Governor Romney said in the last couple of weeks that if he wins, he would honor DACA grants as of inauguration day on January 20, 2013. But, then he said two confusing additional things. First he said he would also honor any cases filed before January 20, 2013 and not yet decided because applicants would have already paid the filing fee for the “visa” and they should get something for that. (Obviously, by calling the DACA program a visa, he is either ignorant about the program or is misleading the public about what it is. Further, this argument treats DACA as a commodity that is purchased.) But then he said he would only honor the cases that have been GRANTED by January 20, 2013. This implies the cases still pending by that date could be denied and/or people placed in removal proceedings. Being an election, any candidate can say anything that is politically expedient at the moment to get votes and then do something else once in office. Therefore, the whole situation is highly unpredictable.

Immigrant Advocate Voices

In the last few weeks and months, I have heard the following viewpoints on whether people should apply for DACA. Potential applicants will have to balance these arguments and make their own decisions about which arguments have the most meaning for them when weighing whether to apply and take on further risks. Timing is everything in part.

Pros:
1. There is safety in numbers. The more people that apply, the more advocacy power as a group, and the less likely benefits will be taken away.
2. DACA grantees could very well be absorbed in any new program. There is historical evidence for this. An example is the fate of the Guatemalans in the 1990 class action case, American Baptist Churches v. Thornburgh in which they were able to reapply for asylum. Later this group morphed into the Deferred Enforced Departure program. El Salvadorans obtained Temporary Protected Status. Later, these same El Salvadorans and Guatemalans were able to get green cards years later when Congress enacted the Nicaraguan and Central American Relief Act in 1997.
3. DACA recipients are low on the ICE priority list for removal pursuant to the prosecutorial discretion memos.
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During the last month since President Obama announced the new Deferred Action program for Certain Young People, I have mulled over the commentary by media, politicians, and immigrant advocates. There is plenty of information out there about the eligibility requirements or how they should be interpreted, but little discussion about whether people should apply in the first place. is this program all it’s hyped up to be and should people apply if qualified? After all, Deferred Action is not a visa, a green card, citizenship, or an amnesty. It is only a temporary administrative reprieve from removal or deportation.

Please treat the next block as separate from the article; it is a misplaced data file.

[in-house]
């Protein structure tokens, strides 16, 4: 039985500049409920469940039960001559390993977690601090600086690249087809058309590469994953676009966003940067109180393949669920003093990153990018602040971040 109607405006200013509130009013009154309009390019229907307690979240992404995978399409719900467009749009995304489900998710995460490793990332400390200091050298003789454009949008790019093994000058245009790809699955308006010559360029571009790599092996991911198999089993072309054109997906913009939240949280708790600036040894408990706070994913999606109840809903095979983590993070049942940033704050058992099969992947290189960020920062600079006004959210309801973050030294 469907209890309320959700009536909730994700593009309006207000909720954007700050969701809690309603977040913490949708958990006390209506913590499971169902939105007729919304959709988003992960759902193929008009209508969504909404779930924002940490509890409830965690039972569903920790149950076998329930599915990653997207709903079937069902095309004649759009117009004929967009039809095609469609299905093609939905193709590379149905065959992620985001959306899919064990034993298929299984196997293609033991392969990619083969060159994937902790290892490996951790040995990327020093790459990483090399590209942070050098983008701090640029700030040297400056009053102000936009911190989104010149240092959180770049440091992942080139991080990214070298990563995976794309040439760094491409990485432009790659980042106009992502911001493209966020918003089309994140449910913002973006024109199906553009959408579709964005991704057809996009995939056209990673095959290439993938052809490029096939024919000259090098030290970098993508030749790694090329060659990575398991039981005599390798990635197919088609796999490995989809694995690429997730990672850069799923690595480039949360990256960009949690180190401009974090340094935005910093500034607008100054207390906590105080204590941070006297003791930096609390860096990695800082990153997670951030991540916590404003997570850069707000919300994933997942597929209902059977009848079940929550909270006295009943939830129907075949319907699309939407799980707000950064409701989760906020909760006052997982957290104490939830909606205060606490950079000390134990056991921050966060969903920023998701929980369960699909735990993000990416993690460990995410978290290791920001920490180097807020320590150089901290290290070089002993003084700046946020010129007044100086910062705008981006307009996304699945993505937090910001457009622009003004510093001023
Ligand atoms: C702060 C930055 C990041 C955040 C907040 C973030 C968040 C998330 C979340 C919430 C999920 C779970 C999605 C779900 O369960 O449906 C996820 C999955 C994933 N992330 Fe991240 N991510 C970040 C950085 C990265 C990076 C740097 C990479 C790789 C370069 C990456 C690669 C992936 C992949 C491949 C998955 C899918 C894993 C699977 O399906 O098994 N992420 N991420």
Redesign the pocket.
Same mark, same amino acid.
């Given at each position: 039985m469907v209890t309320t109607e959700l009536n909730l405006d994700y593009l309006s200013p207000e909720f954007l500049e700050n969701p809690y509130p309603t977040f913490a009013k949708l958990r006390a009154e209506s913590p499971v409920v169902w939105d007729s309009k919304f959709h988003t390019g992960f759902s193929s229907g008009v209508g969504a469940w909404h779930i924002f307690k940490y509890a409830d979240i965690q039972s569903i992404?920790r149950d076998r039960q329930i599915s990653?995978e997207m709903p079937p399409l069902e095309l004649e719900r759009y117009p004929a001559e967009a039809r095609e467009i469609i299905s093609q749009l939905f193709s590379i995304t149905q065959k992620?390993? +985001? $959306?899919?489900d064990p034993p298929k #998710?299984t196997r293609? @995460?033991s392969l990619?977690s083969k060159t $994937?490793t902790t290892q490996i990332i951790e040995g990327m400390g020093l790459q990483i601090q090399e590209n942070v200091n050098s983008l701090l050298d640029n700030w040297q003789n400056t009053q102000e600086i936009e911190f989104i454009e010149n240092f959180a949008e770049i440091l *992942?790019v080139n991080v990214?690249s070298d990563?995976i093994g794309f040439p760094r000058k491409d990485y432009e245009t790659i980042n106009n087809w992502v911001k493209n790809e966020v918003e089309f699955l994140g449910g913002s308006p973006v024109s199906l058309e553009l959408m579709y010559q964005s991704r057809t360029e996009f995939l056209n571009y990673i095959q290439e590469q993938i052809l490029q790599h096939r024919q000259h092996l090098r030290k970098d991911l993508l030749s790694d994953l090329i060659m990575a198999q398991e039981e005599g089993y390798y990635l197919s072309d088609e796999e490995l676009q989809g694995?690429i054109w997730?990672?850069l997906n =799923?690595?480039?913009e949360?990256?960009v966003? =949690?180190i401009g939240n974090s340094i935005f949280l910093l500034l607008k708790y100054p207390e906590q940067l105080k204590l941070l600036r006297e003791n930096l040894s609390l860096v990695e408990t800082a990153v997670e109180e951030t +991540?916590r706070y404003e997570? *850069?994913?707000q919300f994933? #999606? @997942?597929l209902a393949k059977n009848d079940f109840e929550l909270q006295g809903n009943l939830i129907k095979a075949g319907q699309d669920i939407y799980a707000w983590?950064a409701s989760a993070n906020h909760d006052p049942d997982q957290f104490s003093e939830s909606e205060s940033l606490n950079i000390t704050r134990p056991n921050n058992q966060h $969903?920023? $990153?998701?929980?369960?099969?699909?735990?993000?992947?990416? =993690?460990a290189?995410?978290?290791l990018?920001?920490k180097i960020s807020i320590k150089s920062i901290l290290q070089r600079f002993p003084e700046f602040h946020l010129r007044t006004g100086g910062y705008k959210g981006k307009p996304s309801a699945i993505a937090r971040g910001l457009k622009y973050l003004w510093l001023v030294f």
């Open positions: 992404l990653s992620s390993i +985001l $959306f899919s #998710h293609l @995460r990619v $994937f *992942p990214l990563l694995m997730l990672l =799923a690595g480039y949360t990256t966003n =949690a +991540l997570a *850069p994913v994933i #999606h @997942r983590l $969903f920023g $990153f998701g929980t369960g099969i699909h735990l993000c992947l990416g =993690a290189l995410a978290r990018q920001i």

President Obama’s June 15, 2012 program applies to two primary groups of young people: 1) those already in removal proceedings and 2) those who have never been in removal proceedings or who already have final orders of removal. The basic requirements are mentioned in my earlier post, President Obama Announces Deferred Action to Would-Be DREAMers. Deferred Action is already available for the first group currently in removal proceedings as well as to anyone else in proceedings whose compelling humanitarian situation justifies the grant of Deferred Action. Deferred Action is one tool in the government’s tool box of discretionary actions available. DHS is already contacting potentially eligible DREAM Deferred Action applicants, including those whose cases were previously administratively closed or their cases were rejected for administrative closure as part of the general prosecutorial discretion memos announced last summer. Individuals under 31 years old who may be eligible for Deferred Action may make motions now before ICE and the courts to determine if they can apply for Deferred Action. This article, however, is about the second group who will be able to step forward and apply for Deferred Action in mid-August. There is no way to file for Deferred Action right now. Eventually, DREAMers not in proceedings will apply directly to USCIS. The details of this program are being worked out and have not yet been announced. In the meantime, besides determining basic eligibility, now is the time for undocumented young people who have had no prior encounters with immigration authorities or removal proceedings to think about whether they should apply for Deferred Action at all, even if they qualify. Whether a person should step forward and announce their undocumented status is a very significant question, despite the opportunity for a temporary benefit. I believe this question requires thoughtful and well-informed consideration.

Looking at the limited commentary by immigration attorneys and immigrant rights advocates on whether potential DREAMers should step forward at all, I came up with these four broad and varying points of view:

1) Political Pessimists View Initially, several organizations and practitioners suggested that people should wait to apply until after the election to see how the Presidency and Congress shape up. While it is hard to predict what the next President or Congress will do, there is a chance that a more divided or conservative Congress would attempt to legislate this program away. GOP Presidential candidate, Mitt Romney, has not directly said he would do away with the program. He has stated that he prefers that Congress pass a DREAM Act (forgetting that Congress tried but failed to pass a DREAM Act in 2010-11). If elected to the Presidency, Mr. Romney will have the same Executive Powers that President Obama has to either disband, change or continue what President Obama started. However, we all know examples of how candidates can say one thing on the campaign trail and do something else once elected. Only time will tell. At this point in time, no one can predict what will happen.

2) Political Optimists View Other organizations and practitioners suggest that the more people who step forward to apply early on before the election, the less likely the next President or Congress will be willing to take status away from a largely sympathetic population, i.e., young people who were brought to the US by their parents with no control over their parents’ decisions who are going to school or starting careers. Most of these young people act or feel American but for the paperwork to prove it. The more sympathetic cases that are publicized, or the more DREAMers who “out” themselves publicly, the more likely legislators will be reluctant to take such a benefit away. Polls show that a majority of Americans favor granting some status to this population. Deferred Action will relieve some stress, at least temporarily, for a potentially large number of people, enabling them to work and/or move on with their lives.